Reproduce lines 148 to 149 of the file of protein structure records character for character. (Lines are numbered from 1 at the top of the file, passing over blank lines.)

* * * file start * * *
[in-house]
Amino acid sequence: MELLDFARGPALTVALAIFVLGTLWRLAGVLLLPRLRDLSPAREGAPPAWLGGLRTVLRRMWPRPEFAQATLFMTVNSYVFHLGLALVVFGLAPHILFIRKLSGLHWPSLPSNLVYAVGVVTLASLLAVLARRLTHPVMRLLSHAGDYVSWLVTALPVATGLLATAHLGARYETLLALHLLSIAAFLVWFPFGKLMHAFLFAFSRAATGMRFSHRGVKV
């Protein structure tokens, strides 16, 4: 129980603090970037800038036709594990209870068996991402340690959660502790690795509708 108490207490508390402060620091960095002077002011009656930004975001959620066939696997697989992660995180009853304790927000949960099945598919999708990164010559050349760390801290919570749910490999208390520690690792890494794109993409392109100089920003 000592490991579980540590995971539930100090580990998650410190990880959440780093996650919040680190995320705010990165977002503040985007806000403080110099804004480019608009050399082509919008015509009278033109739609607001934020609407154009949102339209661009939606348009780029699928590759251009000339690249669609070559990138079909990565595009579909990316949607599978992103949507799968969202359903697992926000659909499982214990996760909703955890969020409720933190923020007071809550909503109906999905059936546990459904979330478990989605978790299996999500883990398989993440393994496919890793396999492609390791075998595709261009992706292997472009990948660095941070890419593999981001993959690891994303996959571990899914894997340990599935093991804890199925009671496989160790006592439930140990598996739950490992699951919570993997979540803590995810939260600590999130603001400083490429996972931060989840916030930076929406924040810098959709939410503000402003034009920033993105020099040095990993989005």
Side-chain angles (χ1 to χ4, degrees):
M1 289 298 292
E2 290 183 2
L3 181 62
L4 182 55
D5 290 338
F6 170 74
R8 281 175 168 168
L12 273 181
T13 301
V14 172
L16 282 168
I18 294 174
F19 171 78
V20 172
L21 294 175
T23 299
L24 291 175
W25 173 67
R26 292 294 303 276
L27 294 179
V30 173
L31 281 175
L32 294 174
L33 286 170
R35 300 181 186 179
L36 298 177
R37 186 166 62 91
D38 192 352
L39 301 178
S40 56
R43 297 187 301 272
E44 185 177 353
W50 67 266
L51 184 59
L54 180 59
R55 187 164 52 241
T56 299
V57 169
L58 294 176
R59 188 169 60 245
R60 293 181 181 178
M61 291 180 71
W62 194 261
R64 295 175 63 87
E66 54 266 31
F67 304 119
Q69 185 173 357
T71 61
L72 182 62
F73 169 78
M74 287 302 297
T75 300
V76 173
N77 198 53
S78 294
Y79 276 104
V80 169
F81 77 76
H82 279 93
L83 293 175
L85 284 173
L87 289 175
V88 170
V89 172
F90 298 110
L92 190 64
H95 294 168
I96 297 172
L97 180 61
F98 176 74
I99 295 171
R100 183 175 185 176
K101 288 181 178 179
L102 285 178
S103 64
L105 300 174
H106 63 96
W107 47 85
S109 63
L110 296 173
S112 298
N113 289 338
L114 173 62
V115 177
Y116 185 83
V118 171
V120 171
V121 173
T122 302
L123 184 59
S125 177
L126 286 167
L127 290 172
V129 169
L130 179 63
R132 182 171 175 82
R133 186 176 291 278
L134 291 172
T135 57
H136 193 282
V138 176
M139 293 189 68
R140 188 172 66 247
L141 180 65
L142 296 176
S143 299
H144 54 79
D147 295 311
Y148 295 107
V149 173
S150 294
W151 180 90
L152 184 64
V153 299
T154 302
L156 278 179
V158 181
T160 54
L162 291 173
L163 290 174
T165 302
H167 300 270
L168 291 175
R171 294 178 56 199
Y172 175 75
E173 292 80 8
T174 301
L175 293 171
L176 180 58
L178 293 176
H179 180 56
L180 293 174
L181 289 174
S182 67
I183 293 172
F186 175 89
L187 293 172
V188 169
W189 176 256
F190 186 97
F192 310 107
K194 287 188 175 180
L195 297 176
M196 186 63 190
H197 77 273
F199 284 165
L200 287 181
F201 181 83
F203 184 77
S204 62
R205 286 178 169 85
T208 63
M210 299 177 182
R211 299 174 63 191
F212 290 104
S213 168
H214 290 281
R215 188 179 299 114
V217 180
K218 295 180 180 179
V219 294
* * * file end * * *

M196 186 63 190
H197 77 273